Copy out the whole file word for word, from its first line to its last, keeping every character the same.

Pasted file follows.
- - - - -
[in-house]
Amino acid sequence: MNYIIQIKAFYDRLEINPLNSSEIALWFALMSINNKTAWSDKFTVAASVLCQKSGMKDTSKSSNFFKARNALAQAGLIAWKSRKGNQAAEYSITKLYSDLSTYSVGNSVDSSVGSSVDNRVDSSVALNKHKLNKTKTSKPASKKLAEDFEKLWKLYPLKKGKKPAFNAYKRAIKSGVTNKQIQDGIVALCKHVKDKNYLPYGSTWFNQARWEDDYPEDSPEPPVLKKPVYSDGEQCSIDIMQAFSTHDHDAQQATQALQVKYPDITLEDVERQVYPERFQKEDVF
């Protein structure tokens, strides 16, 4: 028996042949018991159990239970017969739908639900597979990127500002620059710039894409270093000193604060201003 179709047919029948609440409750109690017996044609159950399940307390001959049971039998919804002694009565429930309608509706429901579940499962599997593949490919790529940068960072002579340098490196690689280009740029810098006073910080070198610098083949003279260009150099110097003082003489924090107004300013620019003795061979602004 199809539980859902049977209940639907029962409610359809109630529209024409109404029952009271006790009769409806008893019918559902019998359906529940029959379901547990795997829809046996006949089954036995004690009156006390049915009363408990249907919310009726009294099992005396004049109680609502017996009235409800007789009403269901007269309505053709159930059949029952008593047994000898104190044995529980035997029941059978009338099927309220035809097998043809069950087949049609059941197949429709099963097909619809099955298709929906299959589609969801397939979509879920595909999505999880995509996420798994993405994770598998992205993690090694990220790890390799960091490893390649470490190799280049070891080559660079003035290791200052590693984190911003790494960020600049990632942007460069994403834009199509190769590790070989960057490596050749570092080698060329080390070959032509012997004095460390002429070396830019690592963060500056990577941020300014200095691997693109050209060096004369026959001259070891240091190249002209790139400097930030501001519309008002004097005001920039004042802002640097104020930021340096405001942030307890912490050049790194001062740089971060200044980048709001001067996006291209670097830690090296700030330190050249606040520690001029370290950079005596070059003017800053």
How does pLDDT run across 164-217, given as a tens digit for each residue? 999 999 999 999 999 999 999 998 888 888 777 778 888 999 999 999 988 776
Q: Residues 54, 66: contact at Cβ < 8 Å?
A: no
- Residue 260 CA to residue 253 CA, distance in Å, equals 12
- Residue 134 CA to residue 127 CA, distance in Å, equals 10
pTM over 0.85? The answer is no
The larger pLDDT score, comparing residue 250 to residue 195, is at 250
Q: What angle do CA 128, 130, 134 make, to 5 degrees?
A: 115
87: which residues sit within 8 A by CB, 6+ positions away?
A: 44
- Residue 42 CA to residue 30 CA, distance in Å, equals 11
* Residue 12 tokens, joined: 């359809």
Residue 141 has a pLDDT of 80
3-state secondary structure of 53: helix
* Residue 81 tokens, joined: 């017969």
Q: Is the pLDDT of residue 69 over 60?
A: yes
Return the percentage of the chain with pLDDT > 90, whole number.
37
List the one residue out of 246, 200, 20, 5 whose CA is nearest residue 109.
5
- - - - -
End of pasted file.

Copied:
[in-house]
Amino acid sequence: MNYIIQIKAFYDRLEINPLNSSEIALWFALMSINNKTAWSDKFTVAASVLCQKSGMKDTSKSSNFFKARNALAQAGLIAWKSRKGNQAAEYSITKLYSDLSTYSVGNSVDSSVGSSVDNRVDSSVALNKHKLNKTKTSKPASKKLAEDFEKLWKLYPLKKGKKPAFNAYKRAIKSGVTNKQIQDGIVALCKHVKDKNYLPYGSTWFNQARWEDDYPEDSPEPPVLKKPVYSDGEQCSIDIMQAFSTHDHDAQQATQALQVKYPDITLEDVERQVYPERFQKEDVF
């Protein structure tokens, strides 16, 4: 028996042949018991159990239970017969739908639900597979990127500002620059710039894409270093000193604060201003 179709047919029948609440409750109690017996044609159950399940307390001959049971039998919804002694009565429930309608509706429901579940499962599997593949490919790529940068960072002579340098490196690689280009740029810098006073910080070198610098083949003279260009150099110097003082003489924090107004300013620019003795061979602004 199809539980859902049977209940639907029962409610359809109630529209024409109404029952009271006790009769409806008893019918559902019998359906529940029959379901547990795997829809046996006949089954036995004690009156006390049915009363408990249907919310009726009294099992005396004049109680609502017996009235409800007789009403269901007269309505053709159930059949029952008593047994000898104190044995529980035997029941059978009338099927309220035809097998043809069950087949049609059941197949429709099963097909619809099955298709929906299959589609969801397939979509879920595909999505999880995509996420798994993405994770598998992205993690090694990220790890390799960091490893390649470490190799280049070891080559660079003035290791200052590693984190911003790494960020600049990632942007460069994403834009199509190769590790070989960057490596050749570092080698060329080390070959032509012997004095460390002429070396830019690592963060500056990577941020300014200095691997693109050209060096004369026959001259070891240091190249002209790139400097930030501001519309008002004097005001920039004042802002640097104020930021340096405001942030307890912490050049790194001062740089971060200044980048709001001067996006291209670097830690090296700030330190050249606040520690001029370290950079005596070059003017800053």
How does pLDDT run across 164-217, given as a tens digit for each residue? 999 999 999 999 999 999 999 998 888 888 777 778 888 999 999 999 988 776
Q: Residues 54, 66: contact at Cβ < 8 Å?
A: no
- Residue 260 CA to residue 253 CA, distance in Å, equals 12
- Residue 134 CA to residue 127 CA, distance in Å, equals 10
pTM over 0.85? The answer is no
The larger pLDDT score, comparing residue 250 to residue 195, is at 250
Q: What angle do CA 128, 130, 134 make, to 5 degrees?
A: 115
87: which residues sit within 8 A by CB, 6+ positions away?
A: 44
- Residue 42 CA to residue 30 CA, distance in Å, equals 11
* Residue 12 tokens, joined: 């359809």
Residue 141 has a pLDDT of 80
3-state secondary structure of 53: helix
* Residue 81 tokens, joined: 């017969």
Q: Is the pLDDT of residue 69 over 60?
A: yes
Return the percentage of the chain with pLDDT > 90, whole number.
37
List the one residue out of 246, 200, 20, 5 whose CA is nearest residue 109.
5